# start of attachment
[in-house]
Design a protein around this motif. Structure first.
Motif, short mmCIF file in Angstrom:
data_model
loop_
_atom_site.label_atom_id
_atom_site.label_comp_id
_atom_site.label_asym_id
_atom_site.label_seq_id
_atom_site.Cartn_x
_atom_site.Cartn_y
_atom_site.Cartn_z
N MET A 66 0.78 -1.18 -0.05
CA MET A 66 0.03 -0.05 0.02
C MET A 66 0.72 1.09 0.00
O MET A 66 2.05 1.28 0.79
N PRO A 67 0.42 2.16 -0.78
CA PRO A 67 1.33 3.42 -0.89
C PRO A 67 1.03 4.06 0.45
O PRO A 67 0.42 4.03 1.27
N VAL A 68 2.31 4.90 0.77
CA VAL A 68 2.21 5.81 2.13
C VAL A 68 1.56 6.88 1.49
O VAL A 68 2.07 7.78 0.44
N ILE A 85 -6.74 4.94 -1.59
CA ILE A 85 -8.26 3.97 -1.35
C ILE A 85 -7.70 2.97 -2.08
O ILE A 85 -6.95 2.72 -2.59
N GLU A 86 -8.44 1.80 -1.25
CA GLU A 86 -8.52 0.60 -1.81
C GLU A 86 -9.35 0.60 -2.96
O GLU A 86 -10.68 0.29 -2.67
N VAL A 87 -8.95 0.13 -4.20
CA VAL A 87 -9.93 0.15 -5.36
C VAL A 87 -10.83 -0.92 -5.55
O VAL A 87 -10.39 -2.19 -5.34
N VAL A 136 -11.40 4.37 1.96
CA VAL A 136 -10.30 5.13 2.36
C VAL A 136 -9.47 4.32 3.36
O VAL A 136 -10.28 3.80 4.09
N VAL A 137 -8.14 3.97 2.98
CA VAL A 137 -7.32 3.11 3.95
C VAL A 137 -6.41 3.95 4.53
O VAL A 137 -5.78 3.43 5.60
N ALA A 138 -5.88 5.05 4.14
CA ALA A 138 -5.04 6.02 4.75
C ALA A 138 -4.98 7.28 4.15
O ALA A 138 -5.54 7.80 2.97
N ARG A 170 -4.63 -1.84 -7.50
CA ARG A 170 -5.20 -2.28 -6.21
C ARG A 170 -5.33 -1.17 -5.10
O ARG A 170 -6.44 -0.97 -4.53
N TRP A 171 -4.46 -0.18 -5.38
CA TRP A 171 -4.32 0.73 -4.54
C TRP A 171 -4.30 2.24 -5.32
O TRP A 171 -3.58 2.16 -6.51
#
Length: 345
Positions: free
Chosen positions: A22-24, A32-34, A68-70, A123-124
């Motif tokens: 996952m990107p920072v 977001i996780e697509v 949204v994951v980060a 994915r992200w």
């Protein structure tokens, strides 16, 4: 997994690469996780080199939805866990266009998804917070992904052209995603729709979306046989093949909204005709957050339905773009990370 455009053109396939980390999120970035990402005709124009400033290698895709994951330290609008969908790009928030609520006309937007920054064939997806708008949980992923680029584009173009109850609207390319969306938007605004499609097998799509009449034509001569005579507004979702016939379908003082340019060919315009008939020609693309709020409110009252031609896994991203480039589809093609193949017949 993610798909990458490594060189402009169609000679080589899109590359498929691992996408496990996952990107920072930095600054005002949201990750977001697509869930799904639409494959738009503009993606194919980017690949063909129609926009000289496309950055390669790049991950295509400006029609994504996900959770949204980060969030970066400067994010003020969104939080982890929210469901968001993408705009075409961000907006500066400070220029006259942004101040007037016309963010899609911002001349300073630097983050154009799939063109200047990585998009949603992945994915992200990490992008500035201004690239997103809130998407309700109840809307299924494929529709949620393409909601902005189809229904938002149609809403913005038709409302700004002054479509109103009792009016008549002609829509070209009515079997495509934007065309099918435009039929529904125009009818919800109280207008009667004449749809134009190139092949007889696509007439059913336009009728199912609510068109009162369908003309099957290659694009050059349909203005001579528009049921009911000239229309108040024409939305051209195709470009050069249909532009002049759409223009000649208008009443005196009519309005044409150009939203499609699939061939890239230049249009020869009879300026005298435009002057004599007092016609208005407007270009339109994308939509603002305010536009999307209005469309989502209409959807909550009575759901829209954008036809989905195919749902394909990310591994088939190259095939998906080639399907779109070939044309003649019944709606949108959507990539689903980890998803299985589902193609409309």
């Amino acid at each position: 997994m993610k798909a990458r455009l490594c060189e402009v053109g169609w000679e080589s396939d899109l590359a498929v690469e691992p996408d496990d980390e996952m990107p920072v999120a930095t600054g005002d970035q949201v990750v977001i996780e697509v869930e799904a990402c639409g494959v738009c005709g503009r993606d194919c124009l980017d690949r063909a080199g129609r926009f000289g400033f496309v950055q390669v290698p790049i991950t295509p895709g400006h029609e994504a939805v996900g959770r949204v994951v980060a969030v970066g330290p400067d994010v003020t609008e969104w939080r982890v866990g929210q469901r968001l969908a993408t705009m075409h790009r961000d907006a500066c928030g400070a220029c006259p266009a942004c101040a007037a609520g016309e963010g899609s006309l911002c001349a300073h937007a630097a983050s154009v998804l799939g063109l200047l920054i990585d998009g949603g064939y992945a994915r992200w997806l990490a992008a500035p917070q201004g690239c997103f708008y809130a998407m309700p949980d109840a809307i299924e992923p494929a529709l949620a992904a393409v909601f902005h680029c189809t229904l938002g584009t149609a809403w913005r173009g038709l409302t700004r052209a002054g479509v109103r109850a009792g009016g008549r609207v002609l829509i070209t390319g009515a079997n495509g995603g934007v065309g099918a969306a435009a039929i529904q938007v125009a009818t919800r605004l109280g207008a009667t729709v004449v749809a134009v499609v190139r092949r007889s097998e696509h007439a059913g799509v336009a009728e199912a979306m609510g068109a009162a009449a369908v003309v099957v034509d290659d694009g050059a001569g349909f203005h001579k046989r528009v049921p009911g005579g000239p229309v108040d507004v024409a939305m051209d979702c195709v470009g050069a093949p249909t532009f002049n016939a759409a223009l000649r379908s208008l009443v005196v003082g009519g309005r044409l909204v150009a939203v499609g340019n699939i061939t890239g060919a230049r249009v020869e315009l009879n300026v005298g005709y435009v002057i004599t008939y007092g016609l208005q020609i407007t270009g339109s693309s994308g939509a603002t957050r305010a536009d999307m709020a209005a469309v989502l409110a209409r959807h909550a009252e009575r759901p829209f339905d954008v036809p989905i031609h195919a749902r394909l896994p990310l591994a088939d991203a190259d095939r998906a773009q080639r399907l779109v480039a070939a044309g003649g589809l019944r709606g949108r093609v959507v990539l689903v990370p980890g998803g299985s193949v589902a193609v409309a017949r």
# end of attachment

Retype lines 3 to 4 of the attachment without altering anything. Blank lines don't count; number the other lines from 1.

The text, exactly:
Motif, short mmCIF file in Angstrom:
data_model